Teen’s Family Asks Court to OK Killing Her 24-Week-Old Unborn Baby in an Abortion

International   |   Micaiah Bilger   |   Aug 15, 2018   |   10:31AM   |   New Delhi, India

The family of a young rape victim in India asked a court Tuesday for permission to have her late-term unborn baby aborted.

The Times of India reports the 15-year-old girl was raped and became pregnant earlier this year near the family’s home in Chandigarh, India. She is approximately 24 weeks pregnant, about the point when her unborn baby is viable outside the womb, according to the report.

Abortions are illegal after 20 weeks of pregnancy in India. However, women or their families increasingly have been petitioning the high court for permission to abort their unborn babies after the limit, especially in cases involving fetal abnormalities or sexual assault.

At 20 weeks, an unborn baby is almost fully formed and close to the point of viability (about 22-23 weeks). Later-term abortions also are risky and can be deadly for the mother.

Police said they arrested a young man, also a minor, last week for allegedly raping the teen. According to police, the young man raped her repeatedly for several months.

Here’s more from the report:

According to [the victim’s] parents, the boy had been staying in the same locality as the rape survivor till a few years back. Later, the boy’s family moved somewhere else. The boy’s mother had died. When his father would go to work, he would take the girl to his house and rape her. …

Earlier, the girl’s mother had got suspicious while noticing that her menstrual cycle had stopped. When asked, the girl told her about the pregnancy and how she was raped by the accused. She took the survivor to a hospital and informed the police.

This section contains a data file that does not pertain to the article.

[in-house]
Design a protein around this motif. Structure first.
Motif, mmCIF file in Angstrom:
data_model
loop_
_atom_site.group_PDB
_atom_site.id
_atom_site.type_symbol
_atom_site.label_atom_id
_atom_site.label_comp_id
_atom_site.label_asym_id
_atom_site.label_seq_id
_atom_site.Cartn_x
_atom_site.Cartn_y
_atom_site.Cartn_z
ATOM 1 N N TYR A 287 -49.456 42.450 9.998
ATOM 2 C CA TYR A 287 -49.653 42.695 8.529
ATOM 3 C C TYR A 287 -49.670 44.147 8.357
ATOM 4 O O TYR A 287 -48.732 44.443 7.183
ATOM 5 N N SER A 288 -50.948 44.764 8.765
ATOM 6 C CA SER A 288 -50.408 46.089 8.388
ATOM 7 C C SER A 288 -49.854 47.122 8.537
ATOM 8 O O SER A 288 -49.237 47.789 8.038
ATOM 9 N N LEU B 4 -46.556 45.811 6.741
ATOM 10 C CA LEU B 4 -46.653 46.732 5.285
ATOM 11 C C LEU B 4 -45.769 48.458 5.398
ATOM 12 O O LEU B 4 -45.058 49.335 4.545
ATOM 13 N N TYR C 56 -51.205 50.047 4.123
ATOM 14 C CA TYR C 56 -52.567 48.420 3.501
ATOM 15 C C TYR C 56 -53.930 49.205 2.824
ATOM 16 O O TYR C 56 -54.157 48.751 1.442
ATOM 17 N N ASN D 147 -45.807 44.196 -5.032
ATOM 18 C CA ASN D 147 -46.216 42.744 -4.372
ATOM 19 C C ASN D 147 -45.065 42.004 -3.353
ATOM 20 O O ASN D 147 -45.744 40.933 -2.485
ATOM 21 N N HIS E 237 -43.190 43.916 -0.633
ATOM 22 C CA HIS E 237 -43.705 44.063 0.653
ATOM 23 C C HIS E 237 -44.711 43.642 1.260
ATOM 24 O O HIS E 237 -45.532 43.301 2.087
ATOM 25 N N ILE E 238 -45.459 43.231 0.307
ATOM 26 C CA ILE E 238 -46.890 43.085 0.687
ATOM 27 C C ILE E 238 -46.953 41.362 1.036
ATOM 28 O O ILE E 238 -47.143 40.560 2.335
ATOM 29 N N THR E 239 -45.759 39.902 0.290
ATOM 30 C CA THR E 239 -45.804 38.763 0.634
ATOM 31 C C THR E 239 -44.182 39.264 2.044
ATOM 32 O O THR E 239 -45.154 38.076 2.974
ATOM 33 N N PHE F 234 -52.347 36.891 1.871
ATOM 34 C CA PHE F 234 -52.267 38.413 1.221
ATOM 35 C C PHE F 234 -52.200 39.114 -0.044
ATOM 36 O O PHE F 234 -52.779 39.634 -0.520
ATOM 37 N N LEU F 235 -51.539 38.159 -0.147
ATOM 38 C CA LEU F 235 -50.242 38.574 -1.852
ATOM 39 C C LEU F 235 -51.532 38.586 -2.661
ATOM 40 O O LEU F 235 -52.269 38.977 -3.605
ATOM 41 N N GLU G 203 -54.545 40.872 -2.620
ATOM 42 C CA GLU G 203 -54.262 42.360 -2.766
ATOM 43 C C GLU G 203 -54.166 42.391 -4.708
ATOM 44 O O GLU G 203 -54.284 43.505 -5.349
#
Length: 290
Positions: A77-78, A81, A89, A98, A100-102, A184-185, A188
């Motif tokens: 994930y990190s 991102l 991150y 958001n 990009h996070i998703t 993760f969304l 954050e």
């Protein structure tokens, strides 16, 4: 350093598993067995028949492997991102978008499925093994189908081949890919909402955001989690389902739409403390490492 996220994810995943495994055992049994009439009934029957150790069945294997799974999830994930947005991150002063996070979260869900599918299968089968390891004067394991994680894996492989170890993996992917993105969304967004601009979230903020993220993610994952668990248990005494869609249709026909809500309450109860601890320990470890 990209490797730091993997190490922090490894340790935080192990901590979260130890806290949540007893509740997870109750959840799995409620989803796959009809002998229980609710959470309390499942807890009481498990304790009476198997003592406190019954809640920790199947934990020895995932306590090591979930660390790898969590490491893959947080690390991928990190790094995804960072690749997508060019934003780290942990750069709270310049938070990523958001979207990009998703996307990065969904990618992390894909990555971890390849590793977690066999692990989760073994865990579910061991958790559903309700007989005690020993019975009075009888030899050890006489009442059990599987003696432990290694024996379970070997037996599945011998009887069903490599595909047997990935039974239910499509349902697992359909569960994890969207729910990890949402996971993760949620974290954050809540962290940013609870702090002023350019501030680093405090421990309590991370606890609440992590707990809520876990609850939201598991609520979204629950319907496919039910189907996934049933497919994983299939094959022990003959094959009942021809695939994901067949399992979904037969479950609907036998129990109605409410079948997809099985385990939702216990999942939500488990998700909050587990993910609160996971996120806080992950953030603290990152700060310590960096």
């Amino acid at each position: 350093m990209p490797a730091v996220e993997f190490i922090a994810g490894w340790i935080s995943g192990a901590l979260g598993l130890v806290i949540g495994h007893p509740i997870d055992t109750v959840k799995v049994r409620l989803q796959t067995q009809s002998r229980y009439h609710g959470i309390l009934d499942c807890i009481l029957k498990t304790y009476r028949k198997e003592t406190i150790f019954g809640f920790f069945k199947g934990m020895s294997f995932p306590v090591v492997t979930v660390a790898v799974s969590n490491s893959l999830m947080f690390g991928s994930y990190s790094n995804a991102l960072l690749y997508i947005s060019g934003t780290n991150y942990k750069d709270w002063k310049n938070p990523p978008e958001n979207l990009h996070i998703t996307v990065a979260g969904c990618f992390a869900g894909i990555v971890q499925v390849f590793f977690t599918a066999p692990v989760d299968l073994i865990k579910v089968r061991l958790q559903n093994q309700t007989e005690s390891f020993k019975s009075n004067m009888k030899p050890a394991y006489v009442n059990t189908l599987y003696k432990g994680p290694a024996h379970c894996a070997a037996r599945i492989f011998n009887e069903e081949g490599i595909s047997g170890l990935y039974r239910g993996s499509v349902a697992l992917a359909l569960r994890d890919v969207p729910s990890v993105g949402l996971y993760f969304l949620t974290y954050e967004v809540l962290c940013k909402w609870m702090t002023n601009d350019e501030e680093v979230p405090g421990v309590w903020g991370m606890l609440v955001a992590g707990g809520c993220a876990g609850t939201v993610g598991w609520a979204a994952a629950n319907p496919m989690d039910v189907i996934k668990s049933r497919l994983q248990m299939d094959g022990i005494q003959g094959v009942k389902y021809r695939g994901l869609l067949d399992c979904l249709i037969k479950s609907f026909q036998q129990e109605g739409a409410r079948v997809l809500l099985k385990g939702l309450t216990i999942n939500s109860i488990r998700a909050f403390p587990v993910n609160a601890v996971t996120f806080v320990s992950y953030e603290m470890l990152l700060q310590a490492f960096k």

The family filed a request for a late-term abortion exception Tuesday in the Chandigarh district court.

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Increasingly, Indian courts have been granting late-term abortion exceptions to young women who are victims of rape or whose unborn babies have disabilities. In cases of fetal anomalies, the courts seem to base their decisions on the unborn child’s likelihood of dying soon after birth and significant risks to the mother’s health.

In the past, the courts have refused several cases where the babies had treatable conditions, such as Down syndrome. In January, a Bombay court rejected a woman’s request for an abortion at 31 weeks because doctors said it was too risky.

However, in 2017, the Supreme Court of India gave another women permission to abort her unborn child at 24 weeks of pregnancy.